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Japanese pressing of 1995 album, scheduled to include one bonus track. CBS. 2005.
This specially priced, seven-track mini-album could have been titled the "Many Moods of Stevie Vai" given its stylistic sweep. "Bad Horsie" is a widescreen, effects-laden monster, "Juice" is a high-speed boogie, "The Boy from Seattle" verges on Metheny territory and "Tender Surrender" oozes with subtlety and taste. All this, plus a thrashing rocker that football coaches can motivate the troops with: "Kill the Guy with the Ball." --Jeff Bateman --This text refers to an out of print or unavailable edition of this title.
Top Customer Reviews
BUY THIS ALBUM NOW!STEVE VAI IS A ROCK GOD!
"Bad Horsie" which was originally a opening riff ment to be a train whistle blowing for the guitar duel off -Crossroads- has been turned into an amazing song.
"Juice" is a fast pace makes you want to grab your guitar and rock out song. This actually is a pretty fun song, probably my favorite off the album.
"Die To Live" makes you want to close your eyes and take you to another place, a very peacefull song.
"The Boy From Seattle" is also another beautifull song. Which, I'm not completley sure, but I believe is dedicated to Jimi Hendrix.
"Ya Yo Gakk", some people laugh, some people hit the >> button. Personally, I thought it was a great song. If the baby saying Ya Yo Gakk annoys you, zone it out and listen to the guitar playing, it really is great. I'm not sure if the baby is his son or if its a asian baby saying it. On the cover of the single, it is a japanesse child I believe.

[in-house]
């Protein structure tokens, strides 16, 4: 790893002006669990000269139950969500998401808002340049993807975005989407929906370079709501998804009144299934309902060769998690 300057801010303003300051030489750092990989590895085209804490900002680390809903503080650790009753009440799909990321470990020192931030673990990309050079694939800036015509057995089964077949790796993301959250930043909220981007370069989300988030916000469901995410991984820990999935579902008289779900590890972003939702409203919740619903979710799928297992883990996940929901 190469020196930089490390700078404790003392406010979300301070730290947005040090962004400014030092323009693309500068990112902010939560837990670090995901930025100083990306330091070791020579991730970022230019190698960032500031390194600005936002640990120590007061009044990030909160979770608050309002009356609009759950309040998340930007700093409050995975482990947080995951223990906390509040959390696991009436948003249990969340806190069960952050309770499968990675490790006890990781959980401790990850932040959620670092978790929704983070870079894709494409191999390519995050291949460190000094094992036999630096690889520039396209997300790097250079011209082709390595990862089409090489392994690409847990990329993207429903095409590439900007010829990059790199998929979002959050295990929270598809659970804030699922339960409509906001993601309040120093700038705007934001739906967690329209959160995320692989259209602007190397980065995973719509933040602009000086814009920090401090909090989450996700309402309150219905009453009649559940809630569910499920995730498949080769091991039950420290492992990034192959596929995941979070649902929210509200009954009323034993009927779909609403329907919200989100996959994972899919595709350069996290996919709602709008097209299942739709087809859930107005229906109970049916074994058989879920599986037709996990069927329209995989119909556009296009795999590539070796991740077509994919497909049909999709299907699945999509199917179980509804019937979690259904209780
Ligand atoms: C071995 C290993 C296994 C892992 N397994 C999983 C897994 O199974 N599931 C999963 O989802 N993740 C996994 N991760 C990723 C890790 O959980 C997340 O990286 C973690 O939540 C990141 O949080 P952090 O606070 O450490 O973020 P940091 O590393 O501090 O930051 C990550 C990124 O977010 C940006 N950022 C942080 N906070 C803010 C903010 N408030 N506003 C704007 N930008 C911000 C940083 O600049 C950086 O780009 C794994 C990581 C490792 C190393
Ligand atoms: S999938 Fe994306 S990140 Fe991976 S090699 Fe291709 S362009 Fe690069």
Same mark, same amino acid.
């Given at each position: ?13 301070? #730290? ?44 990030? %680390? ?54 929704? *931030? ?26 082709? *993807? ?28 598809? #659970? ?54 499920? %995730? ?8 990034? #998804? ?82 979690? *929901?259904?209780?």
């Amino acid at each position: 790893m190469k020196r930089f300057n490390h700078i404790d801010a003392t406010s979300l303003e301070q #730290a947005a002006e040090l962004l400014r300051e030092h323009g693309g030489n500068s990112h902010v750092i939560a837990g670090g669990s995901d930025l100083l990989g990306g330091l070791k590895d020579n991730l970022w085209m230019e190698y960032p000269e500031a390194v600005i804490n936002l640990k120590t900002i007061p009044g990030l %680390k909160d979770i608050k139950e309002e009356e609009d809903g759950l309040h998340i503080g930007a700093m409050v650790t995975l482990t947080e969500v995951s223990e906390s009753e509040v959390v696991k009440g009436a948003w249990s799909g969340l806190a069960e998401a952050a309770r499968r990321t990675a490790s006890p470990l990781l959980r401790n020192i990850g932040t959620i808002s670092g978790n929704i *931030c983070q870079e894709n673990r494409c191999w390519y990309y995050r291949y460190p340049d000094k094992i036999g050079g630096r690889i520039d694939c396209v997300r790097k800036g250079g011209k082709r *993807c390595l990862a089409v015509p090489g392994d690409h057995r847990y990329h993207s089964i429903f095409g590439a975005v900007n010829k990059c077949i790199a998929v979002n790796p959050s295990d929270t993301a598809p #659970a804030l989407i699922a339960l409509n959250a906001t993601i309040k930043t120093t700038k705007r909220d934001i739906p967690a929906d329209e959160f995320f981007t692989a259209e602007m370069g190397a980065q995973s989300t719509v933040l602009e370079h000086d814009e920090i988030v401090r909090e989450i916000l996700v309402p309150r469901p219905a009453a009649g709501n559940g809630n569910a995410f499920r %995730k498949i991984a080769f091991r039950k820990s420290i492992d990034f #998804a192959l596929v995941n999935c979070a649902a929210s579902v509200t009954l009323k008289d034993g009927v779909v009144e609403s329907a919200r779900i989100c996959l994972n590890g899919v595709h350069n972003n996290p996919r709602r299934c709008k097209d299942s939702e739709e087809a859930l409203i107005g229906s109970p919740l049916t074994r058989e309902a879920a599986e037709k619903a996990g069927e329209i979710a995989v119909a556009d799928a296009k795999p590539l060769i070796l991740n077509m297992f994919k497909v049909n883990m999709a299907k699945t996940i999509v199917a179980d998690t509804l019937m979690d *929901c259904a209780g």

"Kill The Guy With The Ball/The Good Eaters" is a fun song, he uses a voice box for about 32 seconds in it, but once you get into the actual song, its an even faster pace song than Juice and can really get the blood flowing.
"Tender Surrender" was just a perfect song to end the album with. It starts off very mellow, it actually kinda reminded me of Santana's playing but picks up to a very fast song but still soothing and calm. No crazy head cutting, just alot of fast scales and what not.
Very Amazing Album. My 2nd favorite. This is definetly the best Steve Vai Guitar album. But not the best Vai album. There's no lyrics except for Ya Yo Gakk being said quite a few times. But this is really pure instrumental. Amazing album, Gave it 5 stars
This was my first real introduction to Vai, and while not necessarily his best work, it is an admirable and gifted recording that inspired me to seek out his other work. His guitar virtuosity and understanding of melody within the framework of rock and roll guitar is, as always, the feature of this album. Being intrumental, it allows the listener to hear Vai unfettered or constrained by the contructs of a 'song' - at least not by a singer anyway. The video companion that includes full 'performances' is an interesting thing to view also, but the music is the most important thing.
For those new to Vai, this album or the superior 'Passion and Wafare' are recommended for intense and beautiful guitar instrumentals.